Michael Cuesta’s Kill the Messenger is one of those movies that comes under the heading of Perfectly Fine. It’s well-intended and well-made. It moves at a pretty good pace. It mostly holds the interest. There are a few missteps — not in the least in its distracting “all-star” (or at least “all-name”) casting (“Oh, look, it’s Ray Liotta, etc.”) — but all in all, it’s a good film. It is everything you expect a crusading reporter movie to be — and therein lies the ultimate problem, because it’s also nothing more. If you’re wanting a solid movie of its type, then Kill the Messenger is for you. If you want one that surprises you or does something different, this isn’t it. I went in expecting the film I got. But I was hoping for something more. I can’t exactly fault it for succeeding at efficiently being what it sets out to be, but neither can I work up excessive excitement over it. It’s just too straightforward and slightly history lessonish.
Jeremy Renner stars as Gary Webb, the reporter who discovered that the U.S. was funding Nicaraguan anti-communist militia groups with money gained by being part of a system that brought crack cocaine into the country, especially into the inner cities. According to the film — which is based on Webb’s book Dark Alliance — he came across the story largely by accident while working on an article about the DEA seizing the property of suspected drug dealers. In fact, the basics of the story — through court transcripts he’s not supposed to have access to — are handed to him by a drug trafficker’s girlfriend (Paz Vega). It is this information that sends Webb on his investigation that will lead to the multipart piece in the relatively minor San Jose Mercury News. Not surprisingly, the series makes quite a ripple — not only with the CIA and the powers that be, but with the bigger newspapers that are left looking bad for failing to get this story. At first, Webb is hailed as a great journalist — and then the combined forces of the media and the CIA set out to discredit his work and, for that matter, him.
Roughly half of the film is given over to the investigation and the other half to the systematic destruction of Webb’s credibility and character. (Helpfully, Webb has at least one major skeletal occupant in his closet.) It’s a reasonable division, but the investigation feels a little rushed, a little too easy — and a little too sold on Webb’s integrity. In that last regard, Kill the Messenger is a very old-fashioned film. While it allows for some doubt as to his personal life, the movie doesn’t permit even a hint of ambiguity as concerns his professional integrity. It never allows us a moment’s questioning of the exact truth of the story itself — even though Webb’s sources can hardly be called the most reliable human beings. Instead, it leans heavily on melodramatic threats from the CIA (“We would never hurt your children”) and sobering warnings from a D.C. insider (Michael Sheen) like, “Some stories are too true to tell.” Yes, this stuff works, but it works on an All the President’s Men 101 basis. Apart from his family trouble — mostly grounded in his past — Webb remains a model of journalistic integrity tooling around California in his mid-1970s Triumph TR-6 (he’s stylish and cool).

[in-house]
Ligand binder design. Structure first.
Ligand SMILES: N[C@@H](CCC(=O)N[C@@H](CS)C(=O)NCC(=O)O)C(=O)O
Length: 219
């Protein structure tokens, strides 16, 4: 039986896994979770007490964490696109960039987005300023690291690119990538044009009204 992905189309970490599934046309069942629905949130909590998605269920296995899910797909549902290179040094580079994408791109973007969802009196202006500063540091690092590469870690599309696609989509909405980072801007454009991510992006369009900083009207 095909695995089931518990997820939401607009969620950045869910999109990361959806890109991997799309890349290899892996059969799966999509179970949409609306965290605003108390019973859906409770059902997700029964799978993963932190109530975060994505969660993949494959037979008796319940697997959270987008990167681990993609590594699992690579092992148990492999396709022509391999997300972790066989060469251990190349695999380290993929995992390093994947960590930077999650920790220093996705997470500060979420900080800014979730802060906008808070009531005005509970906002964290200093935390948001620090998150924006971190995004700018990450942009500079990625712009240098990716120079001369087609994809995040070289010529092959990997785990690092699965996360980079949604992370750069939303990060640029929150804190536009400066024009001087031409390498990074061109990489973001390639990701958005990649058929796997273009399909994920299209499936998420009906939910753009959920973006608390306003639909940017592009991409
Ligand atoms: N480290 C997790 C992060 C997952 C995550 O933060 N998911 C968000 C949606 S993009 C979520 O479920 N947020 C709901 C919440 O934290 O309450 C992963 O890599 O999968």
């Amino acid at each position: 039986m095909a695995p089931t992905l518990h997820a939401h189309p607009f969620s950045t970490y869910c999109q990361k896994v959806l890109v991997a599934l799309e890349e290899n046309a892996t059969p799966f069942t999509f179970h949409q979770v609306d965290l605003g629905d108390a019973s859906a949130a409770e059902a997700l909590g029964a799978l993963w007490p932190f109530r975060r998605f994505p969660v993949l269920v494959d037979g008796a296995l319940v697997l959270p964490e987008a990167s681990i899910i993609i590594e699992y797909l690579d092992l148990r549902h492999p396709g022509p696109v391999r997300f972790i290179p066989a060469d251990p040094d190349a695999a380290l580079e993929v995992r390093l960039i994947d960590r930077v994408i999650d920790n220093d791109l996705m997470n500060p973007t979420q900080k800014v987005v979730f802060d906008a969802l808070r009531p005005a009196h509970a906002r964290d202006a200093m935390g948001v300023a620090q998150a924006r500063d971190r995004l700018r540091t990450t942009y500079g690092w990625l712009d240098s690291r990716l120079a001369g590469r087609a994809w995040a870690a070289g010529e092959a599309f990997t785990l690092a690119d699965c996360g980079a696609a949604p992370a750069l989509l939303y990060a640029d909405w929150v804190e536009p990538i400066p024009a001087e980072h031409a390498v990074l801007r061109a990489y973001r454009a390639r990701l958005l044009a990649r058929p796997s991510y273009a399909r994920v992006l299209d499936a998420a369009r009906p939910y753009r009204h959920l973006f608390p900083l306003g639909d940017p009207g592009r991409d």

What the film is after is to demonstrate the corruption of both the CIA and the media. It is, in fact, outraged over this, and it wants to sell us this outrage. Sometimes it does, but sometimes it feels rote and even clichéd. Some parts of the story are strangely inconclusive. What is being attempted with his car, for example? Clearly it’s being tampered with — a bomb? brake lines? — but there’s no follow-through. If the scene is depicted as an attempt on his life, why is it the only such attempt? Other things are rather weak — especially loading the “rest of the story” (which includes, in passing, one of the biggest condemnations of the media) in text at the end of the film. Don’t misunderstand, this is a solid film — made more so by a committed performance by Renner — but it never becomes the great one it might have been. Rated R for language and drug content.